Lecture 9. MANTLE MELTING

Magmas are ultimately derived by melting in the mantle, rise by buoyancy.

Review of the geothermal gradient, increase of pressure with depth (3.3 km/kbar)

Why does melting occur?

Ways to make A melt:

Adding a fluid fluxes the mantle and lowers the melting temperature. This now brings the solidus below the temperature of A (below the geotherm)

Where does this occur? At subduction zones (the downgoing slab dehydrates and releases water).

 

Mobilization of melt in the mantle

Liquid collects in channels. Like river, smaller channels are abandoned for larger ones.

At some point, channels are abandoned for fractures (<~25 km depth)

If lots of melt (i.e. ~50%), the entire mantle can rise as a diapir. Mantle flows as viscous entity.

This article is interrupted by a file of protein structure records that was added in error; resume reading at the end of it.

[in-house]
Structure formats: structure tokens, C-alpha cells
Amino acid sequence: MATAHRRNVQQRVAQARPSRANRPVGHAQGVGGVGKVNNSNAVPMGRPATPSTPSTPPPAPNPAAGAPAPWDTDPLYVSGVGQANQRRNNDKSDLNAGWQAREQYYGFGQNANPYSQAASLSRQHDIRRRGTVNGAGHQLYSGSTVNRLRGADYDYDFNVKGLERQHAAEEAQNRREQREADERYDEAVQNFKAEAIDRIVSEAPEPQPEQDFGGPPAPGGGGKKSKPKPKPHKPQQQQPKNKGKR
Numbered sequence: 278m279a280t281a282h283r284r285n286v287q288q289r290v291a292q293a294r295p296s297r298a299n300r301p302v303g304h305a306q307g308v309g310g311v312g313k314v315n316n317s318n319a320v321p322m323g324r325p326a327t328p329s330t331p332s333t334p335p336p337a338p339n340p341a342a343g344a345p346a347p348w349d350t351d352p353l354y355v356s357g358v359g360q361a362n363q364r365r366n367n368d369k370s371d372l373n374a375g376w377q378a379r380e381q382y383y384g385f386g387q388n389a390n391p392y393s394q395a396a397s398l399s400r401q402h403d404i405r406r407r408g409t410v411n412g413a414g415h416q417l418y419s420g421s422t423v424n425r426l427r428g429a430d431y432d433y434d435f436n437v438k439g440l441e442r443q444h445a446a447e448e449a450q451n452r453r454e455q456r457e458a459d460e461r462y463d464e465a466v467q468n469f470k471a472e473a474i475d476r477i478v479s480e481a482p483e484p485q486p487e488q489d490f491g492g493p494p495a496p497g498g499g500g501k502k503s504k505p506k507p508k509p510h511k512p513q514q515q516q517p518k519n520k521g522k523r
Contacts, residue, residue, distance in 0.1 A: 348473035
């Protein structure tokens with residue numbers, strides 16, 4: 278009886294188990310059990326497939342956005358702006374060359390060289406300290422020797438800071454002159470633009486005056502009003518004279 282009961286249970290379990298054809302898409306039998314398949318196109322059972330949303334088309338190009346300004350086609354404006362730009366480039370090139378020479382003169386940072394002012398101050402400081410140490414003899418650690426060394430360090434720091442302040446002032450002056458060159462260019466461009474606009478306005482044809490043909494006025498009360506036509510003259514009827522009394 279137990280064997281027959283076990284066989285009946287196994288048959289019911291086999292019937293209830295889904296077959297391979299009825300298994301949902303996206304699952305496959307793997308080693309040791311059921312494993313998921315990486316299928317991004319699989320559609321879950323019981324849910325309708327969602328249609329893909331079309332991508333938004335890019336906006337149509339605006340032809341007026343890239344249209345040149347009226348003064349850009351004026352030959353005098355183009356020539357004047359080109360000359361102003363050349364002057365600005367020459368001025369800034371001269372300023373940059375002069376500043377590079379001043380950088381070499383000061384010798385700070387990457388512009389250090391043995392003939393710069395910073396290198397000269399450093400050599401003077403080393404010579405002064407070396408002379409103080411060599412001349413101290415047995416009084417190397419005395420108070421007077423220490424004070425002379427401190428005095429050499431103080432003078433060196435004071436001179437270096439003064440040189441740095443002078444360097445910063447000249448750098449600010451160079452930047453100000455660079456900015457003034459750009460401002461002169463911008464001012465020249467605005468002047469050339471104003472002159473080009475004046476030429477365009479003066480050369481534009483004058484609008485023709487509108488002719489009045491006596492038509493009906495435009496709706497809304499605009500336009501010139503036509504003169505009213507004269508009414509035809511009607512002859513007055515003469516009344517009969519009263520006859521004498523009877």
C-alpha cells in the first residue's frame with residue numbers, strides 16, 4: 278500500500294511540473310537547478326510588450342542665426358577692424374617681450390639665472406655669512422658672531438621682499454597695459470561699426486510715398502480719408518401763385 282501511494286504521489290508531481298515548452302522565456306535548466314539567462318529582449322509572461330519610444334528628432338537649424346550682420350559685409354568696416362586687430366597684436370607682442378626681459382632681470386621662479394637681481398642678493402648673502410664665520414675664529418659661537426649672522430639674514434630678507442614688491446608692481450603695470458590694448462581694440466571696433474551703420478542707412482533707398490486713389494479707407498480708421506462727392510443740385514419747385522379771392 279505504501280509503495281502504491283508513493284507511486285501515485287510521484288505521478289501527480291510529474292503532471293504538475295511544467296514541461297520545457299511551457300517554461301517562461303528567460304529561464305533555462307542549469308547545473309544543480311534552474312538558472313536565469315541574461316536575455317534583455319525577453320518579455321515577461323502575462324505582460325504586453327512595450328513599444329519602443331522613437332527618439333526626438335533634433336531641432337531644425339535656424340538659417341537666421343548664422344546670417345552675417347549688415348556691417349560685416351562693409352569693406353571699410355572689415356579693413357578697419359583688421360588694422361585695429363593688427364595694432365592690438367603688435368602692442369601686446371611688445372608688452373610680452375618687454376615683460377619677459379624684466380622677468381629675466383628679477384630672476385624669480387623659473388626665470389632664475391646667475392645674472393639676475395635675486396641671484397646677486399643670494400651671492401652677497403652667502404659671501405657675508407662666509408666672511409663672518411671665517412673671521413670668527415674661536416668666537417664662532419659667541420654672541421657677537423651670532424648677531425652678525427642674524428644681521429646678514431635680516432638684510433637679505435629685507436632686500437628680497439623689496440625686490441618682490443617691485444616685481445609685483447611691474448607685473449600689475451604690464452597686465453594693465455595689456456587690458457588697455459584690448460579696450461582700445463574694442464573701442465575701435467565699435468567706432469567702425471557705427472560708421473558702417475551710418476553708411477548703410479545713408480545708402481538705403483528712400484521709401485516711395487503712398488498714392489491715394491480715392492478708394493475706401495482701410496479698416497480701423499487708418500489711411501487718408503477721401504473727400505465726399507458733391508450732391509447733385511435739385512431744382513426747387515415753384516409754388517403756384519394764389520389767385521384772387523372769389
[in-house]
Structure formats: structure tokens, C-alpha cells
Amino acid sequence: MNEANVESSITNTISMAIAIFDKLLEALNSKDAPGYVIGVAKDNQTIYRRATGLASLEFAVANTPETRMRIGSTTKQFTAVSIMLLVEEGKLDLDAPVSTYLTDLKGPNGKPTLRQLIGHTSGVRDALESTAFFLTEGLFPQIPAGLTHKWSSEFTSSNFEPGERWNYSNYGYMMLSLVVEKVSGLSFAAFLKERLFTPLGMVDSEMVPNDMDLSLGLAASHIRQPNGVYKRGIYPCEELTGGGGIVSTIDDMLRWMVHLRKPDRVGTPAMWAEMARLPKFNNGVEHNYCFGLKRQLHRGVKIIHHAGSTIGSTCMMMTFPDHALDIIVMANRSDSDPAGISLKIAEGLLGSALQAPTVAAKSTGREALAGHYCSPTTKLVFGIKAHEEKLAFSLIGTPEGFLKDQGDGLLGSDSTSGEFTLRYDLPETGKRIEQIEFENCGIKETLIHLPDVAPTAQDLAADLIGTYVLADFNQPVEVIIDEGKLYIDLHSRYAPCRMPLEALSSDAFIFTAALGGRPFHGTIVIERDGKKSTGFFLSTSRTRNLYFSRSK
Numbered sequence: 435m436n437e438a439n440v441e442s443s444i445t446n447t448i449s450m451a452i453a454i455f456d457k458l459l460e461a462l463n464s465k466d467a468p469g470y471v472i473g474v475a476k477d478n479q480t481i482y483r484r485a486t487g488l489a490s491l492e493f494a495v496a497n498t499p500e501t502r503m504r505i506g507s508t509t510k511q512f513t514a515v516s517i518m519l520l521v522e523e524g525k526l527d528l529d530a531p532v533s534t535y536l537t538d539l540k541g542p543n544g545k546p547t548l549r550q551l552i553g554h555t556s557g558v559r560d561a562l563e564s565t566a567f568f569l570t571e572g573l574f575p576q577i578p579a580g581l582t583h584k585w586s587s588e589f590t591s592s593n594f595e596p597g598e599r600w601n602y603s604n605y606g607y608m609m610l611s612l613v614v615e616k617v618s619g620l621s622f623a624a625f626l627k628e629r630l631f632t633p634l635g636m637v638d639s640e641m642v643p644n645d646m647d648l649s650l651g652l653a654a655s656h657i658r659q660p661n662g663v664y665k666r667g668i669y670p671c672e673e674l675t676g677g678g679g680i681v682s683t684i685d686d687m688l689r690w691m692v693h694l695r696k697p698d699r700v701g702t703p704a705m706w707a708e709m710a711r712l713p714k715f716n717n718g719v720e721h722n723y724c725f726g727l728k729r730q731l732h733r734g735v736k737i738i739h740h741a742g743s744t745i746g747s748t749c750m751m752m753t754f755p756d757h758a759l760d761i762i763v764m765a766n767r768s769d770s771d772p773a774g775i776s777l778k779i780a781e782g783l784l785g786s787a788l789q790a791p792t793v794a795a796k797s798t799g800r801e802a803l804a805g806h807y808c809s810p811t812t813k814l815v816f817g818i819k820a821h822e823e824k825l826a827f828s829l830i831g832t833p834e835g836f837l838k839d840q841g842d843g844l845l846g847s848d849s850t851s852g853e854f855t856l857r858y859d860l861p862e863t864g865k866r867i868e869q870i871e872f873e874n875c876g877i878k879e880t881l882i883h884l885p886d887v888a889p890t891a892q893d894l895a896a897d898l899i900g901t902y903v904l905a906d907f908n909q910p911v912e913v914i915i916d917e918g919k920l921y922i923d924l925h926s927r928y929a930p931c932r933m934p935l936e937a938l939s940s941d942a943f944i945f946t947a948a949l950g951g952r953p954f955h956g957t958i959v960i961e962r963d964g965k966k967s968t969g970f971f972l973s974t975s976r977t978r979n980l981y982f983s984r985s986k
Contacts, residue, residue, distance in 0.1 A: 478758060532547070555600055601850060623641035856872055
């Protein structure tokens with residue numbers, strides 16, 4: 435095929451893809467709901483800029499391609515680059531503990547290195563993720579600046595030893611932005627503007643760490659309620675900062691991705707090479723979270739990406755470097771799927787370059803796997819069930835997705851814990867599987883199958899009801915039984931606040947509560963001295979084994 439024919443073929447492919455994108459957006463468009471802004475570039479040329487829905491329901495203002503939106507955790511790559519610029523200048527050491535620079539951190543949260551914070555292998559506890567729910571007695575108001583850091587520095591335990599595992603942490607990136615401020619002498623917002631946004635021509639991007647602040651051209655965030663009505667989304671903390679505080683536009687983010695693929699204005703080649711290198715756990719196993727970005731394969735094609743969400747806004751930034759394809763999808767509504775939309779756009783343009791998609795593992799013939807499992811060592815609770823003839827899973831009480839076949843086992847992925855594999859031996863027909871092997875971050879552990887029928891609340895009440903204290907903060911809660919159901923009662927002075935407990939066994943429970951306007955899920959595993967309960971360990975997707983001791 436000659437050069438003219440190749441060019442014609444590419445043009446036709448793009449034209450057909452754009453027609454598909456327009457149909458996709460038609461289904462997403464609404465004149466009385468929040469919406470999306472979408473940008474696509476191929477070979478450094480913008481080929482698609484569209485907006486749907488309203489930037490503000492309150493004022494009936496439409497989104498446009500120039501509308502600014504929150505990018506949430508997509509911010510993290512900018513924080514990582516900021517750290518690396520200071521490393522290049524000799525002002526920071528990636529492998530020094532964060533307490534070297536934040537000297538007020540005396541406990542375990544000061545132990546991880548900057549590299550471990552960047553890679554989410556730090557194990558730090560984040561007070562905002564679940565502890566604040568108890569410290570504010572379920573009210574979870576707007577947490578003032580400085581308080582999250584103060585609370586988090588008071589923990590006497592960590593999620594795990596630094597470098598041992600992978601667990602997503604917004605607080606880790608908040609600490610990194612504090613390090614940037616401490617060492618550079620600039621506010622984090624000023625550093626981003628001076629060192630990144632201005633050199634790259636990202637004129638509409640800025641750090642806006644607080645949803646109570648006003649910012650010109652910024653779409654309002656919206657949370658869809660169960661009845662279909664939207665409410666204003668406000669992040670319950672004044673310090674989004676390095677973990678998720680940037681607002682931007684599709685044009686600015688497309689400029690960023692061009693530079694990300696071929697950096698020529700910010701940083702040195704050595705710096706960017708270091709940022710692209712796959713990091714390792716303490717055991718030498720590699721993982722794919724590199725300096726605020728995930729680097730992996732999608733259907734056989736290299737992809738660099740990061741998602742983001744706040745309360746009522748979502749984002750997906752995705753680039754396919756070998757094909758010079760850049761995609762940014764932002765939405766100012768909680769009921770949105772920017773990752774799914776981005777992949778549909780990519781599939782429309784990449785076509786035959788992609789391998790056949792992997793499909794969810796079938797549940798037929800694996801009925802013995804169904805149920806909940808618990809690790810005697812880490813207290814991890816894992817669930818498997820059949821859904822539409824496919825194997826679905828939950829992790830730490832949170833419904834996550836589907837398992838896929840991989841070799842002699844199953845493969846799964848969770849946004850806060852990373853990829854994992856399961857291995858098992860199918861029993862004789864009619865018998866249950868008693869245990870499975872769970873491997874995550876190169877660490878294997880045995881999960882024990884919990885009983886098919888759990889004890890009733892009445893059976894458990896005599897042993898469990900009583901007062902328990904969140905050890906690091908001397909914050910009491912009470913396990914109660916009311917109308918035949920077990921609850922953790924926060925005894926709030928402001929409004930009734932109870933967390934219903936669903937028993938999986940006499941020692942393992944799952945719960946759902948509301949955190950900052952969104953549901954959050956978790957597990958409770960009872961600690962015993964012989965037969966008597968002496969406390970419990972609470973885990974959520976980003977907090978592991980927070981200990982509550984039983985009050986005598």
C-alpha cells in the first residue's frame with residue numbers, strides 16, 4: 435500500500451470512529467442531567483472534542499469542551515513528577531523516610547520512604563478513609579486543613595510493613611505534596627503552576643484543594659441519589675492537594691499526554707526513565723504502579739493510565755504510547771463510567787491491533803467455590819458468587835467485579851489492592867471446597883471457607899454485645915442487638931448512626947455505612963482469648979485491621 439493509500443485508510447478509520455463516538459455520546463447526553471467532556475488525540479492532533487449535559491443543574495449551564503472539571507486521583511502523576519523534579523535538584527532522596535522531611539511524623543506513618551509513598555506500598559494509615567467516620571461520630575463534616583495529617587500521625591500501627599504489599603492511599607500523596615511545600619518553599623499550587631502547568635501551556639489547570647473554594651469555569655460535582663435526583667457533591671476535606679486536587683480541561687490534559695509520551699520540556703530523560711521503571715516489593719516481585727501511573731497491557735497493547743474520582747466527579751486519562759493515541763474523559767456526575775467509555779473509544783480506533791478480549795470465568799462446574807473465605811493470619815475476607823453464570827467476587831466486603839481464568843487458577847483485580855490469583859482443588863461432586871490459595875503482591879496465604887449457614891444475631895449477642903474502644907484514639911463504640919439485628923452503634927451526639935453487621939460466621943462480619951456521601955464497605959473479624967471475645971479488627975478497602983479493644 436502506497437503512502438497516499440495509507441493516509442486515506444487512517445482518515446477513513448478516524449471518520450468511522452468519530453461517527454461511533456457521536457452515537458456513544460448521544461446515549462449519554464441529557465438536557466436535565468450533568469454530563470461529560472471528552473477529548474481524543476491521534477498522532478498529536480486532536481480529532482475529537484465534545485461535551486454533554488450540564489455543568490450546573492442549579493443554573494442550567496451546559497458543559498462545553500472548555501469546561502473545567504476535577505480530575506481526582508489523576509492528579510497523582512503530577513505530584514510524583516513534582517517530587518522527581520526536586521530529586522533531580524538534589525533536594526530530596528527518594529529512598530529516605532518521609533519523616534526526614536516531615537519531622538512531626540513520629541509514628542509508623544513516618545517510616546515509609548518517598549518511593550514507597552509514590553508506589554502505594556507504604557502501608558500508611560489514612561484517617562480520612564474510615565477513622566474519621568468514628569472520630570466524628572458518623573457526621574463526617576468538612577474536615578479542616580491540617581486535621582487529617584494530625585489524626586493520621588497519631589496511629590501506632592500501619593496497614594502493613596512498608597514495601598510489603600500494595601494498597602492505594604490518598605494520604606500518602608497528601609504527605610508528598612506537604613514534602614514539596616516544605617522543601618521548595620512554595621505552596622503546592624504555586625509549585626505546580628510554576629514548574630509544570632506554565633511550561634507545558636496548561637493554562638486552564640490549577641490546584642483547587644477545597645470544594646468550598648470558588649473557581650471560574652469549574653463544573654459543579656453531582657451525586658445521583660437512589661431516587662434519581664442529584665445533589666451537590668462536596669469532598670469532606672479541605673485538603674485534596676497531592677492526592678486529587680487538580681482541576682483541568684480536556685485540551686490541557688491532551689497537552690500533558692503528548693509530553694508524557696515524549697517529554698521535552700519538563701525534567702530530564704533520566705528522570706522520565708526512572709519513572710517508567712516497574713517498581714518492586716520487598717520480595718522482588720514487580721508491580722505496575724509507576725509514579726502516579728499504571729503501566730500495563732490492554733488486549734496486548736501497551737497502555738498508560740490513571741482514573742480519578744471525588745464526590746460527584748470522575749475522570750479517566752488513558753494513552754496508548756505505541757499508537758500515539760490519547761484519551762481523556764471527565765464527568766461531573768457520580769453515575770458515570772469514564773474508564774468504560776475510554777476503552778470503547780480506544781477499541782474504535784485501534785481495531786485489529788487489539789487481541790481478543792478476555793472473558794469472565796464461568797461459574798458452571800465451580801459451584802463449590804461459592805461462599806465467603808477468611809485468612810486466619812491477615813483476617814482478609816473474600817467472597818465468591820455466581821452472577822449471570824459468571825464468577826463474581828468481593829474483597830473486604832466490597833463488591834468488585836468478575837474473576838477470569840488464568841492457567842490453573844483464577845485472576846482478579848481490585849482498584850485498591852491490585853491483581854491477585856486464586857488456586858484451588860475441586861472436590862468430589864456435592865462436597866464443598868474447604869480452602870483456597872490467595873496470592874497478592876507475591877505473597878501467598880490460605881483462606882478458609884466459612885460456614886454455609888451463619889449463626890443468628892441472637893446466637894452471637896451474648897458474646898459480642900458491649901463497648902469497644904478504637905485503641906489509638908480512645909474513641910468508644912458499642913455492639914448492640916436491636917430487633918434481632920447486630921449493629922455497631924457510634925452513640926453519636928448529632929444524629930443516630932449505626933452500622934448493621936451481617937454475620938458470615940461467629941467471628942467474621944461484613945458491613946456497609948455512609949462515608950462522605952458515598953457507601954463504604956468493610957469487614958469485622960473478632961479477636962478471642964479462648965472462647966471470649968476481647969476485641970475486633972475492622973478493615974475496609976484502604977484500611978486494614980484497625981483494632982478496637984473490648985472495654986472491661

Composition of the mantle

Ultramafic - rich in olivine and pyroxene, but also does have an aluminous mineral (See Fig 7-7 of text)

Crystal liquid relations during melting: Progression of changing mantle melting proceeds:

Direct evidence for composition of the mantle: Ultramafic xenoliths

Different "types" depending on nature of aluminous phase and ratio of px to ol

Group I: Gabbros. Cpx, plag, ol (plag is aluminous phase)

Group II: Dunites and wehrlites - ol, cpx (either plag or spinel as aluminous phase)

Group III: Lherzolites & harzburgites - ol, opx, cpx (spinel as aluminous phase)

Group IV: Garnet peridotites/eclogites - ol, px, gt (garnet as aluminous phase)

Thus, increasing depth of formation from I to IV.

 

In Hawaii, a researcher noticed that different basalt types carried specific xenolith types:

So more silica undersaturated, greater range of inclusion types. What does this tell you about the depth of the source of undersaturated versus tholeiitic magmas?